On the road
It drives like little else with a level of smoothness, refinement, and silence that makes some other vehicles feel like old tractors in comparison. That its climate control, allied to ventilated (and heated) seats is among the finest I've yet encountered, turning the cabin into an arctic igloo in seemingly seconds on even the hottest day, makes for added appeal.
But it's not a real off-roader. In fact, Lexus says the RX - tested here in RX 350 EX guise, as opposed to more expensive RX 450h SE hybrid guise - is "credited with pioneering the luxury crossover segment." So it sits in the same category as the likes of the BMW X5/X6 or perhaps the Range Rover Sport, although the Rangey is a proper off-road tool.
Except it's not as chuckable and agile as the competition, and it always feels like a weighty machine with vaguely nautical overtones. You're not going to carve through traffic and tight twisties in this Lexus.
It's also larger than the outgoing RX. Cars almost always get bigger don't they? With some exceptions such as the new Mazda MX-5. Quite a bit larger, in fact, being 120mm longer, and 10mm wider but 20mm lower, which naturally means more interior room.
The RX 350 comes courtesy of a naturally aspirated, petrol-powered 3.5-litre V6. It's a good and silky powerplant this, banging down 221kW and 370Nm (17kW and 24Nm more than the previous generation). Performance is brisk with rest to 100km/h taking some eight seconds, topping out at 200km/h. But at power-sapping altitudes its lack of forced induction will naturally weigh against it.
Power is to all four wheels via an eight-speed automatic 'box that - you guessed it - is as slick, smooth and silky as the rest of the package, and the RX rolls on quite beautiful 20-inch alloys. Fuel consumption is a claimed 9.6 litres per 100km in the combined cycle.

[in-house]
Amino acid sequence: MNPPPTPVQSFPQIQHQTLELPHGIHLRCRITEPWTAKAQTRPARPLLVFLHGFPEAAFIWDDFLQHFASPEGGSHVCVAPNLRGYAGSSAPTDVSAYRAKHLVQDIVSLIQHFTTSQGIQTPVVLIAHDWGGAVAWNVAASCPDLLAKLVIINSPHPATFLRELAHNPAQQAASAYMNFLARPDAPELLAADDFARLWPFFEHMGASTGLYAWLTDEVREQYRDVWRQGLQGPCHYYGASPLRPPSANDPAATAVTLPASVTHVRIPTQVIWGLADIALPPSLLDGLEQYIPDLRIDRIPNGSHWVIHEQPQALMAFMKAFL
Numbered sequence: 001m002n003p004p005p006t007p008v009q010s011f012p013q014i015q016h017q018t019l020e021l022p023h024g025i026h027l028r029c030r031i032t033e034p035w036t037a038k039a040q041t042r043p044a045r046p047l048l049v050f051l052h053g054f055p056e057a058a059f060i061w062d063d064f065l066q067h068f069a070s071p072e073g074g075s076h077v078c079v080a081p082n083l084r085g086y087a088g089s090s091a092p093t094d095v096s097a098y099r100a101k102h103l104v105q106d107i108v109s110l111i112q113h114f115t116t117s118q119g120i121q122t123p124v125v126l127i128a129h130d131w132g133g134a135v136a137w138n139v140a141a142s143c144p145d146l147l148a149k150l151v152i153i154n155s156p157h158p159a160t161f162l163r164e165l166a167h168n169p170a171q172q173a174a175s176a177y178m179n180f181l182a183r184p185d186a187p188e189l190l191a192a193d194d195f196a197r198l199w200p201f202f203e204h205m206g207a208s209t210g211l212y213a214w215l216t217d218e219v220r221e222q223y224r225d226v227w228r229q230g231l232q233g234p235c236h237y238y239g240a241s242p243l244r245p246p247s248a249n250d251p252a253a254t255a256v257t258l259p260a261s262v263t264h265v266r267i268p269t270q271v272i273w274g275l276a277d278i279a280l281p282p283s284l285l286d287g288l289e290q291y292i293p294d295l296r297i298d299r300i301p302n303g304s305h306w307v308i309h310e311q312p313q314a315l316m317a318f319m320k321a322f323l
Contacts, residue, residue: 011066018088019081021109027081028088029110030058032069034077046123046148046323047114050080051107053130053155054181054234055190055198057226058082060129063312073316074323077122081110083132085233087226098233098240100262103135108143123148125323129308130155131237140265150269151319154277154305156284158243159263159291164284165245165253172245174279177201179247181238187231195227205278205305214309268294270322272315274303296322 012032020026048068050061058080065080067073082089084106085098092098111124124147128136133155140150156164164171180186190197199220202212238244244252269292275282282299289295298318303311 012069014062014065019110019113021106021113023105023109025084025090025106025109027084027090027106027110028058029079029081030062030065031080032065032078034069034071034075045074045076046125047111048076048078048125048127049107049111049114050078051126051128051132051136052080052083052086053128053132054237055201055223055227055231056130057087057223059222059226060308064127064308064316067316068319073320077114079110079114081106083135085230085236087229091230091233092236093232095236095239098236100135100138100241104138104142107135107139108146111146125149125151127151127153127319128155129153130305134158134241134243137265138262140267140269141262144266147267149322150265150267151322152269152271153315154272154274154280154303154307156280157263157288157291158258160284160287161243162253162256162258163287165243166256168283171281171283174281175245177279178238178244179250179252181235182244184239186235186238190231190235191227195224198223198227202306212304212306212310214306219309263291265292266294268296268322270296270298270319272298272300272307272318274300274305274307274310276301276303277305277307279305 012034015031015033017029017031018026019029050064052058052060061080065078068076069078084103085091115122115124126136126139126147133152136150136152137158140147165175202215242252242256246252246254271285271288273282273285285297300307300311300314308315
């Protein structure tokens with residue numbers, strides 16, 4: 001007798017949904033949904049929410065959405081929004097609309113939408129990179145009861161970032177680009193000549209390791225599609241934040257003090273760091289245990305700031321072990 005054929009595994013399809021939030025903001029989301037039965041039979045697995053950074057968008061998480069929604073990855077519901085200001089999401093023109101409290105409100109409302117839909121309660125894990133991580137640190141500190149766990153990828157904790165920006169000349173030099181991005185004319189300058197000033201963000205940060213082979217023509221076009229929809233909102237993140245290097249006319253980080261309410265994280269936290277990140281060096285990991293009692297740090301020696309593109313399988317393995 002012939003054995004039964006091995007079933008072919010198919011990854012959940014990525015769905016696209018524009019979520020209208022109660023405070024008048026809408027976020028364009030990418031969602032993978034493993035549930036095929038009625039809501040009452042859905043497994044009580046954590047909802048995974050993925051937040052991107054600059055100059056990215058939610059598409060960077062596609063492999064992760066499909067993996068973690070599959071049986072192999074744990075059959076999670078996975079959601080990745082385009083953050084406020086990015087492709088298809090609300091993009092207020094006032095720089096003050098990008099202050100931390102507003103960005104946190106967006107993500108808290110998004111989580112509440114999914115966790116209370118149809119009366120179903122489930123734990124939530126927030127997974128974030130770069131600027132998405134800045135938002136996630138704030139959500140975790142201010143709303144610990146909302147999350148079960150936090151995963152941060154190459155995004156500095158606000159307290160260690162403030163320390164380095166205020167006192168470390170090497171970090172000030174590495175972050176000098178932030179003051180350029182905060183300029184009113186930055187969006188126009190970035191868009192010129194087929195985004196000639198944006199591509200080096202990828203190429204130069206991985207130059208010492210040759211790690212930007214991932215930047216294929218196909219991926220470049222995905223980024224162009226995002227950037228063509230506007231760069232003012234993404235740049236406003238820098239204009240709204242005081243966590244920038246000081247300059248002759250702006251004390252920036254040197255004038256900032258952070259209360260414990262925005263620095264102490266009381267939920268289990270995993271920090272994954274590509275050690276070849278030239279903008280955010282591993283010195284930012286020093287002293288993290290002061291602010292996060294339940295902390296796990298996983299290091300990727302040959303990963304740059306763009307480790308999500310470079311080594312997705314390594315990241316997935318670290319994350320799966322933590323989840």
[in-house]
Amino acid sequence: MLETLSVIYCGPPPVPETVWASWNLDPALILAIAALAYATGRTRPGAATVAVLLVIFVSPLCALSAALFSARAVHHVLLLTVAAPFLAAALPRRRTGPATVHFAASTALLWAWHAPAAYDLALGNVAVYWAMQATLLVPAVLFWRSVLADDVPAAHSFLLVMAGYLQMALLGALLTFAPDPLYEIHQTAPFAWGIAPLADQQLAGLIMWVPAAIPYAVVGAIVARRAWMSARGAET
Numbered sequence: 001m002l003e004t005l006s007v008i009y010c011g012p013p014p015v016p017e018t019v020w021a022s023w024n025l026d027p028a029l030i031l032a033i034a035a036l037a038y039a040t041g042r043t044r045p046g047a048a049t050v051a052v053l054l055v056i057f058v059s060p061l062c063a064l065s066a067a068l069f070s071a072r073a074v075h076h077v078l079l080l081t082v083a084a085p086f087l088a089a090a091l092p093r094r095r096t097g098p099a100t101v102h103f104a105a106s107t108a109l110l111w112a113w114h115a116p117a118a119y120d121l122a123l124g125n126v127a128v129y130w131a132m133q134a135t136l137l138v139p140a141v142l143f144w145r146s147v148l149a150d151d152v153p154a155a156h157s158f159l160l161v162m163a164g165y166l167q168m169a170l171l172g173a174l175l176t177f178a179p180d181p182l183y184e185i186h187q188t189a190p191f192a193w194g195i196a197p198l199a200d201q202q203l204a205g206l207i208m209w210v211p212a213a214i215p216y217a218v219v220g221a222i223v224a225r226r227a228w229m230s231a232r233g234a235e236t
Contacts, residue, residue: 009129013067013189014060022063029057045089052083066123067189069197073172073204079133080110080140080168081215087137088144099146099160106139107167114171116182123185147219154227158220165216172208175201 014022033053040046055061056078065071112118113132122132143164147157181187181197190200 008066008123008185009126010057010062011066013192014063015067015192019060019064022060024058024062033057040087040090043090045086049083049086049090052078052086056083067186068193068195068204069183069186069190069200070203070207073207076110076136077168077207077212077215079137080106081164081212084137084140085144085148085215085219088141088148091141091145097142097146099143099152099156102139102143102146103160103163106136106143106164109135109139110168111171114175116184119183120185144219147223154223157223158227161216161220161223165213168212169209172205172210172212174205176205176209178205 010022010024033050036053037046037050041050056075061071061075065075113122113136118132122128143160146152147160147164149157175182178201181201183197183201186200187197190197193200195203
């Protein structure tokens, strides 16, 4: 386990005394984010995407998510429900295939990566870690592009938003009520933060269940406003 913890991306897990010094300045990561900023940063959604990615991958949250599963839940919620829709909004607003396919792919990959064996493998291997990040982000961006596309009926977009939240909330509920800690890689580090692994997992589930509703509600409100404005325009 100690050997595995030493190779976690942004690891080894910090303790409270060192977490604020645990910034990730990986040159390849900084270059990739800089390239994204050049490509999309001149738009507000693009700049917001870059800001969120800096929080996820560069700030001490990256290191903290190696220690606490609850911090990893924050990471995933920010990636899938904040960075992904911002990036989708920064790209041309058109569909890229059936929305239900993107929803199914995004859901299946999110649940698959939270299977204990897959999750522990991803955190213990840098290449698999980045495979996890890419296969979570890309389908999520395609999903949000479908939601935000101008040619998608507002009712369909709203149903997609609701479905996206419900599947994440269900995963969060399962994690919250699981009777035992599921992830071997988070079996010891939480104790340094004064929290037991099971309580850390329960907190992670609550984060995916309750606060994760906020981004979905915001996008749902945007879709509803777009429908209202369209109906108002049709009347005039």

Cutting to the interior, the build quality is just off the charts. Indeed, I almost found myself caressing some controls, such is their satin-y smooth finish, while all is a paragon of logic and superb ergonomics. There's a big 12.3-inch display for most functions, and controls are accessible and ordered.
In fact, you kind of overlook some of the machine's drawbacks simply because the cabin is so superb. To quote Lexus "the all-new RX luxury SUV will be the first in the brand's line-up to feature an interior finish known as laser-cut ornamentation, which evokes the premium finish of high-end pianos."
Importantly (for people like me) the RX 350 also has an excellent 12-speaker sound system including a 20cm sub-woofer (the RX 450h gets more kit, including a 15-speaker Mark Levinson sound system).
In addition, almost every luxury you can conceive of is present and correct, from 10-way power front seats to what's billed as a world first: height-adjustable front cup holders.
All the safety kit you'd expect and hope for is standard, of course, including 10 airbags, Blind Spot Monitor, Rear Cross-Traffic Alert (useful when backing out of a parking space), reverse camera, Vehicle Stability Control, and more. You also get a full-sized spare mounted on an alloy. Essential in South Africa, and good to see in an age of space-saver spares and so-called mobility kits where essentially you get no spare whatsoever.
Yours for R799,000 (the RX 450h SE costs R999,000).